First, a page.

The internship and residency you end up going to are chosen in a unique way called “The Match.” Medical students applying for these jobs list the places they want to go in order of preference, with their top choice listed as number one. The programs also list the people they want to hire in order of preference, and a computer matches up the lists and assigns each medical student a job in order to make both the residency programs and the medical students as happy with the result as possible. Medical students all around the country find out their job assignments for residency on the same day, called Match Day. It’s a big day, because you might not even know what city you’ll be living in until you see your match result. This happens in March of the last year of medical school, and you start your new job at the very end of June or the beginning of July.

Once you graduate medical school, you’re officially a doctor! The first time someone called me “doctor” after I graduated from medical school felt so strange. I’d learned so much during medical school, but I still had so much to learn. Even though you get called “doctor” at this point, your training is far from over. This is probably one of the most common misconceptions about medical training that we hear. Interns, residents, and fellows are already doctors – they’re just still working under the close supervision of an attending doctor who’s all finished with training. You could think of the attending doctor like the team manager. The doctors working under him or her still make decisions and do much of the work, but they run the plan by the attending doctor each day and make big decisions as a team.

Internships for radiologists can be in medicine, surgery, pediatrics, or what’s called a transitional year, which might involve a little bit of each of these. During this year, you get to take more responsibility for patients and might even get to teach medical students. You work as part of a team to take care of patients and learn from everyone else on the team. This lasts just one year, and it goes by very quickly.

Soon, you’re off to your residency! For radiologists, this is a big change. Being a radiologist is very different from the kind of work you did in medical school or internship. It can seem hard sometimes to learn everything so quickly, but by the end you’ll be amazed at how far you’ve come. This lasts a total of four years.

Because radiologists do a little bit of everything, some radiologists sub-specialize. This means that you do even more specific training in a particular part of radiology. This sub-specialized training is called fellowship. Not everyone does a fellowship, but for pediatric radiologists, like those of us here at Cincinnati Children’s, we spend at least another year learning all about the changes kids go through as they grow up and how that impacts our work as radiologists.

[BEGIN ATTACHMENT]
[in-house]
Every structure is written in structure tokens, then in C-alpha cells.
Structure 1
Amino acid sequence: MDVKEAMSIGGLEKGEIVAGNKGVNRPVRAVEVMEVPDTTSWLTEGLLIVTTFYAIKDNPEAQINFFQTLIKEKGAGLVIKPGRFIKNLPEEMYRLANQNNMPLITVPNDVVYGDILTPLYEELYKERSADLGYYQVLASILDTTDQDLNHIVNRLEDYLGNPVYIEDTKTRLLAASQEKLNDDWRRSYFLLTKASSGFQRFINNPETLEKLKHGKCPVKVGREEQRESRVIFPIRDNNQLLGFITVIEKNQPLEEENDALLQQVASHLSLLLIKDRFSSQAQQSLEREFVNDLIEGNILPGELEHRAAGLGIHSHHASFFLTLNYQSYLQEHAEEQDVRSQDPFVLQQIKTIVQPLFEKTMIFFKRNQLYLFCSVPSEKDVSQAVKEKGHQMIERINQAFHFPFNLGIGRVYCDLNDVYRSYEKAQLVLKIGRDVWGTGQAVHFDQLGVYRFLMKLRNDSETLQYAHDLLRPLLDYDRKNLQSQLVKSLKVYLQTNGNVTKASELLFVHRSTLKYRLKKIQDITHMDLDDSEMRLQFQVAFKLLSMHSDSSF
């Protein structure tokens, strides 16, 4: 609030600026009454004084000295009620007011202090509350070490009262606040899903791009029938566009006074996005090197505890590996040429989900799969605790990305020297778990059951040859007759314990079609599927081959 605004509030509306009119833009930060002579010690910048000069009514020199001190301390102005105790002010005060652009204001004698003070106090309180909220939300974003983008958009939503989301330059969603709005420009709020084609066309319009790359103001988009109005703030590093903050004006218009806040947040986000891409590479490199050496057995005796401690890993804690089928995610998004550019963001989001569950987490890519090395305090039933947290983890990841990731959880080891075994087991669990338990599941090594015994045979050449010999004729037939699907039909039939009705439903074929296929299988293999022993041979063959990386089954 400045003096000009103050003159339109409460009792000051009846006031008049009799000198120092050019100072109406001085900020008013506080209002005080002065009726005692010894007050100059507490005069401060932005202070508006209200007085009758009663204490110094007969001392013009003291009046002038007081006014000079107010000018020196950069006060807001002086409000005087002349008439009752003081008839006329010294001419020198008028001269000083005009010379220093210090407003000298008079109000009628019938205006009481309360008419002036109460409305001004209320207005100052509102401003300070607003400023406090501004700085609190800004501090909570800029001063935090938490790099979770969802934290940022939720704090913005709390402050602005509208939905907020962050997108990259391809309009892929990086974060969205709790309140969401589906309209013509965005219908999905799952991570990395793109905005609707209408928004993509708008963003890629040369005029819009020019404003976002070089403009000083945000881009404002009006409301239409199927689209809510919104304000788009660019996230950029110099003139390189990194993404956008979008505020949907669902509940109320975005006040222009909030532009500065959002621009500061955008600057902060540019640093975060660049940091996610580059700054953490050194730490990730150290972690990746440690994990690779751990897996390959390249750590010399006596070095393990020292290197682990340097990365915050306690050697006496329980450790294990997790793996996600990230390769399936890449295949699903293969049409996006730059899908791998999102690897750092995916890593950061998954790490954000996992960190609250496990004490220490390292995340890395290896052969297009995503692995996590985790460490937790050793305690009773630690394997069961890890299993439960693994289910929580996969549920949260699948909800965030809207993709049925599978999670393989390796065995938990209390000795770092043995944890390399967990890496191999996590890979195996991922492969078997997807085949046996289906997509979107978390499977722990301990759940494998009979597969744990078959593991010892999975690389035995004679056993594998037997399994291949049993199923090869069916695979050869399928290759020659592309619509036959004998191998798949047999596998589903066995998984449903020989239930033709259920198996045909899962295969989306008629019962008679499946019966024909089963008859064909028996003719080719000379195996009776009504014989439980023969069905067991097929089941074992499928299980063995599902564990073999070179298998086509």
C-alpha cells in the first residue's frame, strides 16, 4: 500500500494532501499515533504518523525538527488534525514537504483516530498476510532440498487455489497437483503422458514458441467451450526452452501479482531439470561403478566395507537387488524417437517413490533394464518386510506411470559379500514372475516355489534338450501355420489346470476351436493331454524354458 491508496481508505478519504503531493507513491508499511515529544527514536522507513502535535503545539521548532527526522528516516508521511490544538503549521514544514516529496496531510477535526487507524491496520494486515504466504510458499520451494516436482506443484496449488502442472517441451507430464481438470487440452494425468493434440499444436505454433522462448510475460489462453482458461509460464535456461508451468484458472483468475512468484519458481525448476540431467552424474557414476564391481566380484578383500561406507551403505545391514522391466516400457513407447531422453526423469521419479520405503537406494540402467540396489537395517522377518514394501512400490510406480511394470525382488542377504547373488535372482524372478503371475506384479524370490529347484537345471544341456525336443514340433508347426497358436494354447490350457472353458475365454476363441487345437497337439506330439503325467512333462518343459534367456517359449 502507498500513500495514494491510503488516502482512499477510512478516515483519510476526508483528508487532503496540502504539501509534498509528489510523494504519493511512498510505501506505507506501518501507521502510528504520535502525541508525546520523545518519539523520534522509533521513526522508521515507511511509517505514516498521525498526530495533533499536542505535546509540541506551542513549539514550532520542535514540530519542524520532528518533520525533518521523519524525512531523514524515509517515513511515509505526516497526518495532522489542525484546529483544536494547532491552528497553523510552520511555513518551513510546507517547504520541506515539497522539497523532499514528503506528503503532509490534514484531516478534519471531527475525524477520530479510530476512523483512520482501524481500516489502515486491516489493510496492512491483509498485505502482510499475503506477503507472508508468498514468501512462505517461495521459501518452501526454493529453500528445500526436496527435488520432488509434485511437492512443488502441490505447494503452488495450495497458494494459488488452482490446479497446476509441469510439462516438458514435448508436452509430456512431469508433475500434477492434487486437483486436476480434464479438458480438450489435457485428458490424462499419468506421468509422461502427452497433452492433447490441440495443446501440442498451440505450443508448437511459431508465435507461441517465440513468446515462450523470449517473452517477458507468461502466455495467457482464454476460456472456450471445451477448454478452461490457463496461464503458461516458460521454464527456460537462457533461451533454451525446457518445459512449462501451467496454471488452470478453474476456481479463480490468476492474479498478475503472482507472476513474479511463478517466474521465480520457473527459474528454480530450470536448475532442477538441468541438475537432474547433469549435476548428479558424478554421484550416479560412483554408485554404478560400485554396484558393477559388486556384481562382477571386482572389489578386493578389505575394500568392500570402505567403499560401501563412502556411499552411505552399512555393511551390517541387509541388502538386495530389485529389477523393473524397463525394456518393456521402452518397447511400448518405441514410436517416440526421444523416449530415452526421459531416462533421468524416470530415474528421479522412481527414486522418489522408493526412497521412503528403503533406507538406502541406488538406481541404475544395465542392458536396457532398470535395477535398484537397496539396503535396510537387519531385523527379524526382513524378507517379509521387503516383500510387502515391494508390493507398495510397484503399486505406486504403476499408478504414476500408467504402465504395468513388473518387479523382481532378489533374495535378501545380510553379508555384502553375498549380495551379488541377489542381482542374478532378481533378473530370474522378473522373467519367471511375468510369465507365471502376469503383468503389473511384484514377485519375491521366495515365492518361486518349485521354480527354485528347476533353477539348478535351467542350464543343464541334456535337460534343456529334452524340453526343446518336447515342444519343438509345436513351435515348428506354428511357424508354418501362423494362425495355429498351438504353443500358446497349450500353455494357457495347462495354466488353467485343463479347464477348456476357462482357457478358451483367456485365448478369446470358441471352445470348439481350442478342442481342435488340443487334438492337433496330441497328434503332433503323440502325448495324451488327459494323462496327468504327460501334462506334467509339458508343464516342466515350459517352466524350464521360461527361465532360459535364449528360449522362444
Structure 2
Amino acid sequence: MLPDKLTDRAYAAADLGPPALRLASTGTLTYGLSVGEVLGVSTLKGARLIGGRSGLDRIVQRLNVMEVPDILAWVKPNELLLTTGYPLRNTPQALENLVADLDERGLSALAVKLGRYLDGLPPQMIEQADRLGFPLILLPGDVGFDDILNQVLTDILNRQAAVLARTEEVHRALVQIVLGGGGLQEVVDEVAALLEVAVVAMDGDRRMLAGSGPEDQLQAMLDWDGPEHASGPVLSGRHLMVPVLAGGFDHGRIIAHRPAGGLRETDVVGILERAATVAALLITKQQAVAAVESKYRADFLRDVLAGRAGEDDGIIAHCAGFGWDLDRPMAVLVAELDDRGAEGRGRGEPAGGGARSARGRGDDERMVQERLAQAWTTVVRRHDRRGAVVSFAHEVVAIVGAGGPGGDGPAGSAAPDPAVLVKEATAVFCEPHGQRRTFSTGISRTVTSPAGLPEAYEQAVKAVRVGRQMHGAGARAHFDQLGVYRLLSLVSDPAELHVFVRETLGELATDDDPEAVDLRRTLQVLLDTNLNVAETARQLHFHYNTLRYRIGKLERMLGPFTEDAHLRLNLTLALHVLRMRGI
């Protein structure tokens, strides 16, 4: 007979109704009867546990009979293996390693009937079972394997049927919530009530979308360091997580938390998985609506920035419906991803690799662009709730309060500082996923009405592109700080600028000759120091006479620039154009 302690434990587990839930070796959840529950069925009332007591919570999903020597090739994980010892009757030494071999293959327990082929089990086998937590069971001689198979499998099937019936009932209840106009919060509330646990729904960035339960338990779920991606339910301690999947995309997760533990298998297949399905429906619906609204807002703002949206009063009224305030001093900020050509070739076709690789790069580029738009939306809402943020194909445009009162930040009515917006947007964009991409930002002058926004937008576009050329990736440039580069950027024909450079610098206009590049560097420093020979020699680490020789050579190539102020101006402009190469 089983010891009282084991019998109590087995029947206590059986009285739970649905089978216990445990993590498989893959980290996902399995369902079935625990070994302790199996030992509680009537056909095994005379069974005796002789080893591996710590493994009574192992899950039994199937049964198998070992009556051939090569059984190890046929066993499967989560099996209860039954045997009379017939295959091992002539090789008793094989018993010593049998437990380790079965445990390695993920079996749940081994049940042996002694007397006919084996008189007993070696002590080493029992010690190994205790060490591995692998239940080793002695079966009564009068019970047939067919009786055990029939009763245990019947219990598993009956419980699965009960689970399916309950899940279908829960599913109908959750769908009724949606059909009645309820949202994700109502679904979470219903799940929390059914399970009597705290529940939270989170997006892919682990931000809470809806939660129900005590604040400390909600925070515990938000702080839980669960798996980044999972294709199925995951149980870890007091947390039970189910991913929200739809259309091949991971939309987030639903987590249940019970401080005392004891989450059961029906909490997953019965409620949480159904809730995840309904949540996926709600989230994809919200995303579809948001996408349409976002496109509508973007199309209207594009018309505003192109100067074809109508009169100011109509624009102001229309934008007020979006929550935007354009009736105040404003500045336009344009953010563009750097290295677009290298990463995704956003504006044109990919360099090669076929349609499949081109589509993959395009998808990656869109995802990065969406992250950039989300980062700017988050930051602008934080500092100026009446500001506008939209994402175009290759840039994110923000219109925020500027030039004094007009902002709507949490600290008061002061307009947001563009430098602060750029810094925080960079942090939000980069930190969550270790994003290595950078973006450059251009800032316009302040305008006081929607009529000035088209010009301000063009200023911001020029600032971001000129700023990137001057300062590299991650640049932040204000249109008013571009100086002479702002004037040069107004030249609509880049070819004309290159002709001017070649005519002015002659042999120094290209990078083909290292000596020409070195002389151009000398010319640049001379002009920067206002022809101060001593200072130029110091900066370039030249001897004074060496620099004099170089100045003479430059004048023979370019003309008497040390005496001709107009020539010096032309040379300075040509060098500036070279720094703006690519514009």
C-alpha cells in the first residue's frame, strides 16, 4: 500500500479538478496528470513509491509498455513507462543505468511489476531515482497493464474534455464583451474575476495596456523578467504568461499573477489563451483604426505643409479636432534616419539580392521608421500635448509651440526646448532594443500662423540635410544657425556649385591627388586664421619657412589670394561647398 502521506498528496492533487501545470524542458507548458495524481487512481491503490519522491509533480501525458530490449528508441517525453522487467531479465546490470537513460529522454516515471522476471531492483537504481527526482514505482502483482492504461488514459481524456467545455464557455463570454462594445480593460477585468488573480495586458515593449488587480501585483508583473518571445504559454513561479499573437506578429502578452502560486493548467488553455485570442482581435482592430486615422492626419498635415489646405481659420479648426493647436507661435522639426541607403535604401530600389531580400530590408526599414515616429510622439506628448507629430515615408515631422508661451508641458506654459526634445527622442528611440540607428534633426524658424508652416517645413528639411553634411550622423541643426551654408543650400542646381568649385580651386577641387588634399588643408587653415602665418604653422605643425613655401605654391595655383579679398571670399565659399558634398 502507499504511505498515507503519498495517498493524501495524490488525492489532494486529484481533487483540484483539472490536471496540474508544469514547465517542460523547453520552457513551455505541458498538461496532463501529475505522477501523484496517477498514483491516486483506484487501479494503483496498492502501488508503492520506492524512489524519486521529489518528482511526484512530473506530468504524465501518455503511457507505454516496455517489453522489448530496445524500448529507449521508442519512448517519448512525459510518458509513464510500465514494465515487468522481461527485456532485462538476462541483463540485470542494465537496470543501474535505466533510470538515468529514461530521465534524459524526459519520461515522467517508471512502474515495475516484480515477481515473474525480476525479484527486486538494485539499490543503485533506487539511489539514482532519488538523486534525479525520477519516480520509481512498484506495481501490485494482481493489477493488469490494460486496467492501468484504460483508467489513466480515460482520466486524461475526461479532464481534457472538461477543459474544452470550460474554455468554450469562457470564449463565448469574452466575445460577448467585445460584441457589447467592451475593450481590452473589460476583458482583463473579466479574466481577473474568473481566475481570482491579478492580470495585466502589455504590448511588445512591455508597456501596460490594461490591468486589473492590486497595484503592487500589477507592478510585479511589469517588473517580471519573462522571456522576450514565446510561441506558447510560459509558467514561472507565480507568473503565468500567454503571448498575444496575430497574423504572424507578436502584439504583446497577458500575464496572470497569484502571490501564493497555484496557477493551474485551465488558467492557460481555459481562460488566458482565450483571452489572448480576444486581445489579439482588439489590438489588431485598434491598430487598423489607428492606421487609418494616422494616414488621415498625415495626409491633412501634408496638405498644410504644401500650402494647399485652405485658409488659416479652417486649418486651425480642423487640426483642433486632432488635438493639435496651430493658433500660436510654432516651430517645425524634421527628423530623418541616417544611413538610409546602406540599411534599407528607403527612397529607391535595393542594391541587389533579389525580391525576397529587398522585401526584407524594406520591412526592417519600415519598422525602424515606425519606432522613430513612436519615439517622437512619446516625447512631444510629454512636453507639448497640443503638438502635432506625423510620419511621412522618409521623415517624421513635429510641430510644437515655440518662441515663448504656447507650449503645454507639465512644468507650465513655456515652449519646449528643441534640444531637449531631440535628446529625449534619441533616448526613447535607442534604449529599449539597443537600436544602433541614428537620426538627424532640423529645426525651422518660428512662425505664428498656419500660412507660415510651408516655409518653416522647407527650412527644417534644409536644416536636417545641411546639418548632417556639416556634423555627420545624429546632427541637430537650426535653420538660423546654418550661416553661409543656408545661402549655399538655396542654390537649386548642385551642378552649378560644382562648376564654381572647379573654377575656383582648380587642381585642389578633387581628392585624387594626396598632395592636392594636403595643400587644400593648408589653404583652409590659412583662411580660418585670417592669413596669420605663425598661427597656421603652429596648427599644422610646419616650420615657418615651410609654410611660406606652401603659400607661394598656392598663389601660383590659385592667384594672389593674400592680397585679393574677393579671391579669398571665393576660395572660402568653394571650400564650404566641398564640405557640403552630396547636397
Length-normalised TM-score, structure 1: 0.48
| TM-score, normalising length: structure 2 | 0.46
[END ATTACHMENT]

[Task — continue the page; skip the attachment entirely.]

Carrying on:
After that’s over, you’re finally done with training! Wow! It can be hard to believe that you’re finally finished. After all, we all learn new things every day, so we’re never really finished with learning, are we? In total, after finishing high school, you’ve spent a total of 14 years in the process of becoming a pediatric radiologist.

If you’re thinking about becoming a doctor, congratulations! It’s a great job, and you get to make a difference in your patients’ lives every day. It takes quite a few years to get there, but we get to do amazing things and meet wonderful people every day.

So if you want to be a doctor, what should you do first? Making the decision to do it is the first step. People who like science and have a passion for taking care of other people make great doctors. If that’s you, then in several years we might be lucky enough to welcome you as the newest doctor at Cincinnati Children’s.


Elangovan, Stacey template

Dr. Stacey Elangovan, author; Glenn Miñano, BFA, editor; Meredith Towbin, copy editor

Avatar photo

About the author: Glenn Miñano

Glenn Miñano is a media specialist in the Department of Radiology, providing graphic design, photography, printing, video services, and administration of the department’s online properties. His works have been published in several medical articles, such as the American Journal of Radiology and the American Institute of Ultrasound. He has been providing these services to the Radiology Department since 1996.